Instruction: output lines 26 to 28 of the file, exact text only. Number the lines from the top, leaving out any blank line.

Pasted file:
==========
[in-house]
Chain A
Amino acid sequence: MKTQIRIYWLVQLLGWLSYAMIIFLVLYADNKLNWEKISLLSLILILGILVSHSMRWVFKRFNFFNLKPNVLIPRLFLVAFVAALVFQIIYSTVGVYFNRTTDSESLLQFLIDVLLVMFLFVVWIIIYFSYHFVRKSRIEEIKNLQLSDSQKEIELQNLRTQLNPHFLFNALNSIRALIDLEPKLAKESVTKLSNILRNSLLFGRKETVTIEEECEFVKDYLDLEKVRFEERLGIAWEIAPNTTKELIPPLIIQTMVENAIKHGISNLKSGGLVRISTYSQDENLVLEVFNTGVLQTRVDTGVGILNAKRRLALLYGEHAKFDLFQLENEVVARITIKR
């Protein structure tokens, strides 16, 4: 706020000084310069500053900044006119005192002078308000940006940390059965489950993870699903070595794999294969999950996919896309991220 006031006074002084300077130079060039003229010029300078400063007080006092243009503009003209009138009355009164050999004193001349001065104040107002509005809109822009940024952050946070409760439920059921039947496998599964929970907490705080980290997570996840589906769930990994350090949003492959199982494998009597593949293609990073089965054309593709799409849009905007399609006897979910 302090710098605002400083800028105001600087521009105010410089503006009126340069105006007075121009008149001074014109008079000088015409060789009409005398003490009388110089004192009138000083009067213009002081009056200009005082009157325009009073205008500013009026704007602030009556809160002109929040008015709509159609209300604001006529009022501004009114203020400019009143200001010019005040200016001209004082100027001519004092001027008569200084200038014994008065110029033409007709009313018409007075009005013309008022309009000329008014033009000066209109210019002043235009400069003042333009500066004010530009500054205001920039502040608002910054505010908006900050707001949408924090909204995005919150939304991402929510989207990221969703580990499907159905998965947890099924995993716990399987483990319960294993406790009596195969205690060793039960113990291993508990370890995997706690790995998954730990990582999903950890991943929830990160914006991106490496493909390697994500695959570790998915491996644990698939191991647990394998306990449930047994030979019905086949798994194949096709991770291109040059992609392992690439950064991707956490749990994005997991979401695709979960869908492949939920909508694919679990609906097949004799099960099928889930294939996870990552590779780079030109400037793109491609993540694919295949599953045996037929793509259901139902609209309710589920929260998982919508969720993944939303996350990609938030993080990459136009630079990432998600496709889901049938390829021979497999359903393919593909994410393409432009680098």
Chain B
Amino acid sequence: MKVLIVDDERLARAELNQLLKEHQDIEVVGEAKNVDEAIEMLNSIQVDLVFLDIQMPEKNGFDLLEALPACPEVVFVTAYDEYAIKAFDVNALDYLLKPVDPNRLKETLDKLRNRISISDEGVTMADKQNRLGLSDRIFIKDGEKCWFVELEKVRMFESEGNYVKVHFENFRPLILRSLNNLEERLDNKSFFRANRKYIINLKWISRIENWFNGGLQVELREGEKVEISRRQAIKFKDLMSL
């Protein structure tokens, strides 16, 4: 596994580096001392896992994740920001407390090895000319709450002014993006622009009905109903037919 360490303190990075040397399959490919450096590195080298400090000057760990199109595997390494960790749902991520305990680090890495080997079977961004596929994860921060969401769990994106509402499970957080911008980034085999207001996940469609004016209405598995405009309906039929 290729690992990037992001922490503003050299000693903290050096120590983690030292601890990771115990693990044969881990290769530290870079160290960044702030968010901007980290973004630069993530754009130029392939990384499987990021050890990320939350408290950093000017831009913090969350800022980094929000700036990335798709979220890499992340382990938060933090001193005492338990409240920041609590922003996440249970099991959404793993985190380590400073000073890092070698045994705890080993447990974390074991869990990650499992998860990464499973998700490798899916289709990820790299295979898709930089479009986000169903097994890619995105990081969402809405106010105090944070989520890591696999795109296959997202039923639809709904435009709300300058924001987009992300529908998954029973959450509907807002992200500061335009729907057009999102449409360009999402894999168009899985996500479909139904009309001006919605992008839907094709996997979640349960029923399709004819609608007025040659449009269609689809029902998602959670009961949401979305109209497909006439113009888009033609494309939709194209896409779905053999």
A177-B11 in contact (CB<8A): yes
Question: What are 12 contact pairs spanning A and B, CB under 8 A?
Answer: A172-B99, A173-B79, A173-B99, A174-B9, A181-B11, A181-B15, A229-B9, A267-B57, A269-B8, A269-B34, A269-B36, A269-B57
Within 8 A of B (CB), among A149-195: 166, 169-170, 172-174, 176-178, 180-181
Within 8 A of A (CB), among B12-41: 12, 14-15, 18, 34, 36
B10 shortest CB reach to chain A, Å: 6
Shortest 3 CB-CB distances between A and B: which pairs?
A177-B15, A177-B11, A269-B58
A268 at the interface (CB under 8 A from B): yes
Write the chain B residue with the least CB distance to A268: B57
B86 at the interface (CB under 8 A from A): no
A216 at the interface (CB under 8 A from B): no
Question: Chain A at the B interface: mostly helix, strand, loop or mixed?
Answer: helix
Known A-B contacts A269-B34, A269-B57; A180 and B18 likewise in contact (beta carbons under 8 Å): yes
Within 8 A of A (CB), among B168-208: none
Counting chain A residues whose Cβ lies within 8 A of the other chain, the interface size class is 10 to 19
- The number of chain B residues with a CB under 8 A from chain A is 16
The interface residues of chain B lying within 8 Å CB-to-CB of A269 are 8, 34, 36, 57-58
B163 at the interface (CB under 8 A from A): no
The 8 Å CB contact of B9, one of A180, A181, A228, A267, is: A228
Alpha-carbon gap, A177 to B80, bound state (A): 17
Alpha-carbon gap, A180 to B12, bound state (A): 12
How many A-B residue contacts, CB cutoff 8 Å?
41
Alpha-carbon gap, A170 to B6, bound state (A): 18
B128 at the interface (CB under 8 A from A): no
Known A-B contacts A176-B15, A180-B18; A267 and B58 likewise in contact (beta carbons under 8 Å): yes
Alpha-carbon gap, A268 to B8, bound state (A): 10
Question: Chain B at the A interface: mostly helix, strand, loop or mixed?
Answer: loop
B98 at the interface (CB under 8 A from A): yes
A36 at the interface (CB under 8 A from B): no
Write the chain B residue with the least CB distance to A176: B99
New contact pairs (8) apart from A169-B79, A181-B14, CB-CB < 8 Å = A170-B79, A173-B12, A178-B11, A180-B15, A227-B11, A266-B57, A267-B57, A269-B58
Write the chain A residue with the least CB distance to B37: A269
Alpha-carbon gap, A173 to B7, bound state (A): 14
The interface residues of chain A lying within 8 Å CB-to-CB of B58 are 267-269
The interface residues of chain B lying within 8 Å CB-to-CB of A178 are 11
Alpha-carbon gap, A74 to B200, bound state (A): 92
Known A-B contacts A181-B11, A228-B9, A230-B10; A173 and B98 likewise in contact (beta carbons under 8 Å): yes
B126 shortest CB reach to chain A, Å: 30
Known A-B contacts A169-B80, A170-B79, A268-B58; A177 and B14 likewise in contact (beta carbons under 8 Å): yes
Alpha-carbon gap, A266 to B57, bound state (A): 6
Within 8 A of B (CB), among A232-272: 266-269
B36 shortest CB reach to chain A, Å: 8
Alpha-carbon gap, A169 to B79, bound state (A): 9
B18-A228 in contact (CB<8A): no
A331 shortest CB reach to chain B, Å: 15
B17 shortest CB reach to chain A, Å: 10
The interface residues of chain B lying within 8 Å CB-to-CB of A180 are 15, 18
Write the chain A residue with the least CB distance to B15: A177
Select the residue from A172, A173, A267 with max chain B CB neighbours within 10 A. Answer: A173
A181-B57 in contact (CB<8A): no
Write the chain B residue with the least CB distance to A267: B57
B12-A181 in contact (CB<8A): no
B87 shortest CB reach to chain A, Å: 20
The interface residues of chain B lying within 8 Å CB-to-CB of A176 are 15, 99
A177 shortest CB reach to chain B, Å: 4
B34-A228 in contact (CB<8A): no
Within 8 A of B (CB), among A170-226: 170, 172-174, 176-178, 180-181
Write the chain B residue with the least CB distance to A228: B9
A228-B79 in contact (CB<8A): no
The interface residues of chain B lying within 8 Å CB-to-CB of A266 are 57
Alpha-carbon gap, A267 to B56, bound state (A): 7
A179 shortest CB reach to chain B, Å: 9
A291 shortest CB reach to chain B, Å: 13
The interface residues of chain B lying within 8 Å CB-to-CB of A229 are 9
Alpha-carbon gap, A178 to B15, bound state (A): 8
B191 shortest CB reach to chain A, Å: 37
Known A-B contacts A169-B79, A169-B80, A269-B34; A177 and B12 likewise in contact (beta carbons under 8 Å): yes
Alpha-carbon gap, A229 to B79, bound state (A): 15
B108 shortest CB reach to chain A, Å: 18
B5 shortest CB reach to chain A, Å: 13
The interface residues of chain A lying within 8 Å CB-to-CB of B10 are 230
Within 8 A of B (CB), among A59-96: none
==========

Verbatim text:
The interface residues of chain B lying within 8 Å CB-to-CB of A269 are 8, 34, 36, 57-58
B163 at the interface (CB under 8 A from A): no
The 8 Å CB contact of B9, one of A180, A181, A228, A267, is: A228